The Middle Ages Part 1: Money Tips for Your 30’s

Back in your school days you studied all about the Middle Ages. It was the period from the fall of the Roman Empire to the beginning of the European Renaissance, roughly from the 5th century through the 15th century AD. Well, as fascinating as that period was, it’s not the subject of today’s post. Today I’m writing about your middle ages. That’s the years when you’re in your 30’s, 40’s and 50’s. Those are the “middle” of your  lifetime years when so much of what you are and will be is determined. From your career path to your relationships, family life and retirement planning, and everything in between. And so today’s post, part 1 of 3, will be about money tips for your 30’s.

The Middle Ages Part 1: Money Tips for Your 30's

Today, we know that life expectancy is longer than ever and you can think of it as divided into 3 stages. There’s stage #1, Coming of Age, which I call birth through your 20’s. Stage #3, I call the Retirement and the Golden Years of 60 and up. And today’s topic, the Middle Ages, Stage #2, ages 30-60. Each phase is different and yet somewhat similar in some ways. The key is timing in all cases, because what might be a plan in your 30’s may become a desperation move in your 50’s. Time is your friend when you are younger and not so much as you move through…the Middle Ages.

Your 30-Something Years

By the time you are 30, hopefully you have finished your higher education (although you should never stop learning!) and begun what you hope is your true career path. You have a job, you’re earning a decent salary, and you have goals and aspirations of what you’ll be doing for the foreseeable future. At least that’s what you want to have happen. This is a time in life when you have begun to be a real grownup. Most of you have begun some sort of a relationship or even chosen your life partner and maybe even begun a family. If not, it may be on your horizon in the next couple years. But there’s more to the 30’s than people relationships. Money relationships are just as significant whether you like it or not. You’re firmly out of the nest and you’re on your own financially speaking and with that responsibility comes some important decisions. Like:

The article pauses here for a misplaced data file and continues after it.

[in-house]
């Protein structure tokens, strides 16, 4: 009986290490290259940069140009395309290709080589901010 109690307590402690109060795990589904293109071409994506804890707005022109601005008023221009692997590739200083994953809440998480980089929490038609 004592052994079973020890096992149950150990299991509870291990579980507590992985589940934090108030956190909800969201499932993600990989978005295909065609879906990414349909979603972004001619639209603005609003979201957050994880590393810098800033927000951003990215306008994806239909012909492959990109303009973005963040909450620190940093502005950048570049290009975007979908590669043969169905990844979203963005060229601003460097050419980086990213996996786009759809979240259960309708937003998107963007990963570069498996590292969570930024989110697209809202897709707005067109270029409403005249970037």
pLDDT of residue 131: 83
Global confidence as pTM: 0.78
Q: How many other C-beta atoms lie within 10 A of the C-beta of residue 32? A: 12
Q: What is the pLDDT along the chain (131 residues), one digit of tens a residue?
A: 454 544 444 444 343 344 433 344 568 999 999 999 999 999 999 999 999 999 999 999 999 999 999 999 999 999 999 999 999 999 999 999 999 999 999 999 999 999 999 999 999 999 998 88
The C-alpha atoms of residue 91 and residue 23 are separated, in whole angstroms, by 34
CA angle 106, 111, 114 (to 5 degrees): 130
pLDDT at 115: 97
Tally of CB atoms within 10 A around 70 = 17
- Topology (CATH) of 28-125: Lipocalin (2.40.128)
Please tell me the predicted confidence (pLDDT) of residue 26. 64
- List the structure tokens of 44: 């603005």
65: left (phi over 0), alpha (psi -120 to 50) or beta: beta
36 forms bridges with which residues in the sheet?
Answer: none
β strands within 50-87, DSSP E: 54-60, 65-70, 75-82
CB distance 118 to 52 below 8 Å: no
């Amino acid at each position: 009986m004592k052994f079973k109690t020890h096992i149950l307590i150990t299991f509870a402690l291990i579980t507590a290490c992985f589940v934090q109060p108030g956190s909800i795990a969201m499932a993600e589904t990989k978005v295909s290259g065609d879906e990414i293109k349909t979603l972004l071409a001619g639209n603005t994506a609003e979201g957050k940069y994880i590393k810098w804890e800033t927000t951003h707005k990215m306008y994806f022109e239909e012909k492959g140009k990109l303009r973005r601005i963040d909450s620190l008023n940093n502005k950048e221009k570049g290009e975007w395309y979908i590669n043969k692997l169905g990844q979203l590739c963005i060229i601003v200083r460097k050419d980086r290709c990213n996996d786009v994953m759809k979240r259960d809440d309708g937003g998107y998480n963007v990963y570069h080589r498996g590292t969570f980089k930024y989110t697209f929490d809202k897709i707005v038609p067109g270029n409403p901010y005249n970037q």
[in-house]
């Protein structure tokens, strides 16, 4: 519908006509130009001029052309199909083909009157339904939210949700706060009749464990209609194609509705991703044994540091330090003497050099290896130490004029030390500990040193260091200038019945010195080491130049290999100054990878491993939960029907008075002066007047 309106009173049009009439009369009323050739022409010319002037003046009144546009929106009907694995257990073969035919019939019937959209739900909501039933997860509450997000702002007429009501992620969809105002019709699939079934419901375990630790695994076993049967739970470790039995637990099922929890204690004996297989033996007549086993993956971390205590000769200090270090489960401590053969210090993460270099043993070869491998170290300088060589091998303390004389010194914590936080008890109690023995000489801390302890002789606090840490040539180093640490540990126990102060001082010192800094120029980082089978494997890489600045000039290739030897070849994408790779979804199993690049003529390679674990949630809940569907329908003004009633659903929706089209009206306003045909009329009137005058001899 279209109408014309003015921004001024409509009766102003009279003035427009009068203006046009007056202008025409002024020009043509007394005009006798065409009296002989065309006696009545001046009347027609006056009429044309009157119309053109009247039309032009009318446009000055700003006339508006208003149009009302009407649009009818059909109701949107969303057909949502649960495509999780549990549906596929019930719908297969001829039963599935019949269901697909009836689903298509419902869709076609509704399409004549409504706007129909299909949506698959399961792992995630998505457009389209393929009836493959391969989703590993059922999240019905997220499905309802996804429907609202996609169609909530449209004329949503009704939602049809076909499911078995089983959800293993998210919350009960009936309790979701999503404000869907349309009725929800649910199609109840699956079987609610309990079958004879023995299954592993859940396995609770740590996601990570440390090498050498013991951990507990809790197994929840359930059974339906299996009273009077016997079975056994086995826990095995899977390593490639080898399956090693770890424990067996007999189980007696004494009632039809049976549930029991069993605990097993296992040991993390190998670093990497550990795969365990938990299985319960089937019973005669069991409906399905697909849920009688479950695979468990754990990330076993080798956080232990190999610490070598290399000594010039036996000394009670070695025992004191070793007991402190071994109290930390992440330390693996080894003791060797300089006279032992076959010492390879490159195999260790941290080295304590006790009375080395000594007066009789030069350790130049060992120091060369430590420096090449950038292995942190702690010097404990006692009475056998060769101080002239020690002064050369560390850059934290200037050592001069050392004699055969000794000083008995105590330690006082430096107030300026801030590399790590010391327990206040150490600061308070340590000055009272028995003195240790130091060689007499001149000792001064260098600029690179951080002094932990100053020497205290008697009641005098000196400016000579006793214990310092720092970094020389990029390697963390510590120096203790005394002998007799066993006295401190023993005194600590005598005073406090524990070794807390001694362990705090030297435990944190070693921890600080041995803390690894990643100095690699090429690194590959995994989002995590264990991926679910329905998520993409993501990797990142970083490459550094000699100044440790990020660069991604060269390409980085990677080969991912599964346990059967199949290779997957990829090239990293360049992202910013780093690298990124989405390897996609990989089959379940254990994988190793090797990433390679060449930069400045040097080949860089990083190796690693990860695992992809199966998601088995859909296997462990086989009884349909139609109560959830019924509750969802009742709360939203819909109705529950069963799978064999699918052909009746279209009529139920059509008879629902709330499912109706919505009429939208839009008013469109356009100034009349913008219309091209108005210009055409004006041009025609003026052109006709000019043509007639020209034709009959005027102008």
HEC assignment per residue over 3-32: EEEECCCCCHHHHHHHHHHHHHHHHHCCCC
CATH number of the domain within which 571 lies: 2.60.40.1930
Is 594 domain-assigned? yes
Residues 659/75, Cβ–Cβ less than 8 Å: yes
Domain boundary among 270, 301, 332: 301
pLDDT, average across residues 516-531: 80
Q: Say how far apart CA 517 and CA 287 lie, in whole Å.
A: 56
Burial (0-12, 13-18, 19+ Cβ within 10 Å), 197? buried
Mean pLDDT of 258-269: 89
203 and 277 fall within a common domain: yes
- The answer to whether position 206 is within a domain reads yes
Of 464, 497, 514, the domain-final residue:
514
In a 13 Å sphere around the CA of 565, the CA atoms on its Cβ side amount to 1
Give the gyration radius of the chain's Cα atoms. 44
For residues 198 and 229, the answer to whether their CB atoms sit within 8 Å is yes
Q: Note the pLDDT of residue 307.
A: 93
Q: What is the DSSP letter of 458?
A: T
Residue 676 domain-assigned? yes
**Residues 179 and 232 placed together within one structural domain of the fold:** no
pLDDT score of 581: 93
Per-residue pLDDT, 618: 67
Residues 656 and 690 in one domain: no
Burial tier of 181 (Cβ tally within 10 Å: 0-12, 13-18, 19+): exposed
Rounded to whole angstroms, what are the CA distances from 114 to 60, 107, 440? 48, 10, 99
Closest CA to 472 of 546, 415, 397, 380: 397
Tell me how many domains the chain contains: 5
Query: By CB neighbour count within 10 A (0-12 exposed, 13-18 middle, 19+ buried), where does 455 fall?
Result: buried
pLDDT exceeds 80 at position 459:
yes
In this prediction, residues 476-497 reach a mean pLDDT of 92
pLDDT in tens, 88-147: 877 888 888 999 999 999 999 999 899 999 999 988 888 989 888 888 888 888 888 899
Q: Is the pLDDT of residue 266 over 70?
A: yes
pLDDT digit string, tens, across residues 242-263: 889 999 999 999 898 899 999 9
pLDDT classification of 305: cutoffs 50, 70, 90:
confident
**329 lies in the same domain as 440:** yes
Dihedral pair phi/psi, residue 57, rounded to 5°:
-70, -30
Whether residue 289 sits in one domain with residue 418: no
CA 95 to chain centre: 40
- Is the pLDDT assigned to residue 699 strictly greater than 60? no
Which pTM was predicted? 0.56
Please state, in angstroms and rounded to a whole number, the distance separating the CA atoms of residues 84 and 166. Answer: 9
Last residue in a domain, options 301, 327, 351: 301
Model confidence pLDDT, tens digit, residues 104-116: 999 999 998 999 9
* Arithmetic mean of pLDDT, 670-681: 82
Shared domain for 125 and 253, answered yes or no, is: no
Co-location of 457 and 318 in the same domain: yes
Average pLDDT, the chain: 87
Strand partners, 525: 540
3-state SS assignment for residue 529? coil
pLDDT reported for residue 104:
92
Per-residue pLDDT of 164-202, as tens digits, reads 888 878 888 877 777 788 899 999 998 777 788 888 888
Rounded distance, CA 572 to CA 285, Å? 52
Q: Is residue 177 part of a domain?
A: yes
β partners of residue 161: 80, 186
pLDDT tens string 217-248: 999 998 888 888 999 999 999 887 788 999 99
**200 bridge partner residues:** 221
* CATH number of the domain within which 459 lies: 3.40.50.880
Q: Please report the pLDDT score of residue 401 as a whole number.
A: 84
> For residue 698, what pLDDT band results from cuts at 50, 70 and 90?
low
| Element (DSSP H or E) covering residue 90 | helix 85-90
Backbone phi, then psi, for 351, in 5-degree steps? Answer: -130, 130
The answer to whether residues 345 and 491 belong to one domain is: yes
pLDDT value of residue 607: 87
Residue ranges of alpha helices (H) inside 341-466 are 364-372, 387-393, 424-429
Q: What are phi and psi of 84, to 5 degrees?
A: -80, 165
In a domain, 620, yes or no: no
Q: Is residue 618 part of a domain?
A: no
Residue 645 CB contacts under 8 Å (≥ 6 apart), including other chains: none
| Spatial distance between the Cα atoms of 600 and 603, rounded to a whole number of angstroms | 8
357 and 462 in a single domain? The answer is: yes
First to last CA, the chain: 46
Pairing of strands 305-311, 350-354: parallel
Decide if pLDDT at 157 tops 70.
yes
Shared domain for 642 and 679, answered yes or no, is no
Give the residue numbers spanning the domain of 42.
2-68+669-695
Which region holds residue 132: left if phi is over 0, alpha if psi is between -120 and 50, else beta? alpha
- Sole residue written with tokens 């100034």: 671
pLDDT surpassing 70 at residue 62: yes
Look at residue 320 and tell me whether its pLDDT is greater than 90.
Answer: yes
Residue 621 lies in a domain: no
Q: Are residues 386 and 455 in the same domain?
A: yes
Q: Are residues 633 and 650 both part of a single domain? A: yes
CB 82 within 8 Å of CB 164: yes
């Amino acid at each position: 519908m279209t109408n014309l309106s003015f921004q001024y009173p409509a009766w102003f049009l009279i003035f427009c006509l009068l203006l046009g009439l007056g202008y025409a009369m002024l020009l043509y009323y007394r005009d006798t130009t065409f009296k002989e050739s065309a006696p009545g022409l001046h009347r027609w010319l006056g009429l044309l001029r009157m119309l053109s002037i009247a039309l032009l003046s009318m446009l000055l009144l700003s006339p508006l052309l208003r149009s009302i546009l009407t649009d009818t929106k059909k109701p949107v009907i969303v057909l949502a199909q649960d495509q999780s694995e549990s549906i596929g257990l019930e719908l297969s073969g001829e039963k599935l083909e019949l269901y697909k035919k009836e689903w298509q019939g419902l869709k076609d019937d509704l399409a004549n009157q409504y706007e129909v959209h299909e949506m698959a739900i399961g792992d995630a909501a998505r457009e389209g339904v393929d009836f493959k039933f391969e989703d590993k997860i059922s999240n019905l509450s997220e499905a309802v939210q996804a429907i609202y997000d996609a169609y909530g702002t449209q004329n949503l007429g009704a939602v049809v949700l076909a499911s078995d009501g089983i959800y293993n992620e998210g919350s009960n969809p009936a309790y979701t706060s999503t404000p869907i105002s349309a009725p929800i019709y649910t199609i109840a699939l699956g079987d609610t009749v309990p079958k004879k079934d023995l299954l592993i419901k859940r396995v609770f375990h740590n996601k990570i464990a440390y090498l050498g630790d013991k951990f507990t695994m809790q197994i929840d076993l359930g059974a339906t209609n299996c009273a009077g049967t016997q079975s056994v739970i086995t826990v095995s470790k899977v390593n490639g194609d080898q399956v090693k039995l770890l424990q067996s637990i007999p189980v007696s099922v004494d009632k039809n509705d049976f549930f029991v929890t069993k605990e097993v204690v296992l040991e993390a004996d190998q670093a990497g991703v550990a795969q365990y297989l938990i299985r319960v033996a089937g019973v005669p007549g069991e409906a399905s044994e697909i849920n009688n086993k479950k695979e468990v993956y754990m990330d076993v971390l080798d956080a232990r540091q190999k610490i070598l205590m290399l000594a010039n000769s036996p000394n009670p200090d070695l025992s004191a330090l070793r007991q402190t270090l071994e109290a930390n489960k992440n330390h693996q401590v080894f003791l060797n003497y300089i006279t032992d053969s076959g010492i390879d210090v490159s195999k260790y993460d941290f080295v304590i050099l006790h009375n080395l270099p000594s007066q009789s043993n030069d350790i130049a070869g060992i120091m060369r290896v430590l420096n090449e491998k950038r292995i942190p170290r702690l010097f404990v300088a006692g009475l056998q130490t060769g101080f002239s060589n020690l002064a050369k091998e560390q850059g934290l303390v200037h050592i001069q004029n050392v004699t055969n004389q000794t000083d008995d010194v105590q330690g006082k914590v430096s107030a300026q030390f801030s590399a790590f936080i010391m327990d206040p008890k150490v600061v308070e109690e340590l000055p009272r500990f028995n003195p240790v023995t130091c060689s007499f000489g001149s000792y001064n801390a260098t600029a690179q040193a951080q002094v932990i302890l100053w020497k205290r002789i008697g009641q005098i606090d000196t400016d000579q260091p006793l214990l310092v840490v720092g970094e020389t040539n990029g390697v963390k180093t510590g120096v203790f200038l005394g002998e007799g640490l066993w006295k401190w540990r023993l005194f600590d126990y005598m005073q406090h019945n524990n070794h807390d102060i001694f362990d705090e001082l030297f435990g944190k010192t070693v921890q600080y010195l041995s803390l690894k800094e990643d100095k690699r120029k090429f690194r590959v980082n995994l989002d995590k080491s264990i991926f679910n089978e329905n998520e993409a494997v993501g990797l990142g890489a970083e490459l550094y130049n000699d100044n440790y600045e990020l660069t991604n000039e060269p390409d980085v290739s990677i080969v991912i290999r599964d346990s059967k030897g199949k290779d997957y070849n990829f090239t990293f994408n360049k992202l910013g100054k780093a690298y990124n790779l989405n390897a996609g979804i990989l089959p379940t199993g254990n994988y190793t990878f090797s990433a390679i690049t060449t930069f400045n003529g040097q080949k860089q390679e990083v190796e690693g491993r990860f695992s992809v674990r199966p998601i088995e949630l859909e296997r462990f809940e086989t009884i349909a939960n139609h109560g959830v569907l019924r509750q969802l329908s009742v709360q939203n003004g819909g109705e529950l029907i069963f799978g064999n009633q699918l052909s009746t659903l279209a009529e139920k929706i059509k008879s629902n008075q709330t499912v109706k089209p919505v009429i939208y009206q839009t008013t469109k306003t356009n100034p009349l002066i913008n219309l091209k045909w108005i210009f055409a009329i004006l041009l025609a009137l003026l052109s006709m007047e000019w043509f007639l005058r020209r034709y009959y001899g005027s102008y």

1. Debt is a Big Deal

Debt is hanging around your neck as a weight if you’re like the average 30-something. For one, your student loans may still be on your list to pay off and by the time you reach this age you should have the finish line in sight. Pay off those loans as soon as possible, increasing you payments if you have to clear that slate. It’s a must and has been on your mind now for years and years.

Other debt you are now most likely managing are from credit cards, car loans, and possibly a home mortgage. It’s now time in your life to get full control of your credit and make sure you don’t overextend yourself. A mortgage is really the only long term debt that you want at this age. All others should be short term, even your auto loan. If your biggest debt is on your credit card(s), you are probably in trouble. If you are buying anything and everything you want and not prioritizing your expenses like you may have done in your 20’s, now’s the time to correct the situation. Wants versus needs, the old bugaboo is now really important and you need to get full control of it.

2. Maximize Your Savings

There was a time when saving for anything wasn’t a priority, but things have changed now. You are an adult and self-supporting and hopefully you make longer term plans and goals then you did back in your 20’s. You look at things like saving for emergencies, buying things for your home, retirement planning, family care, health care, and insurance policies. If there are kids, college savings funds are on your mind. It’s definitely time to get more serious about all of those things but it doesn’t mean you’re not Mr./Ms. Fun Times anymore.  It does mean some changes in your life though. There will be limits to your dining out, drinking at the club or bar after work, buying every new style and color of the latest fashion the day it arrives in the store and endless willy-nilly treating everyone and losing control over your monies.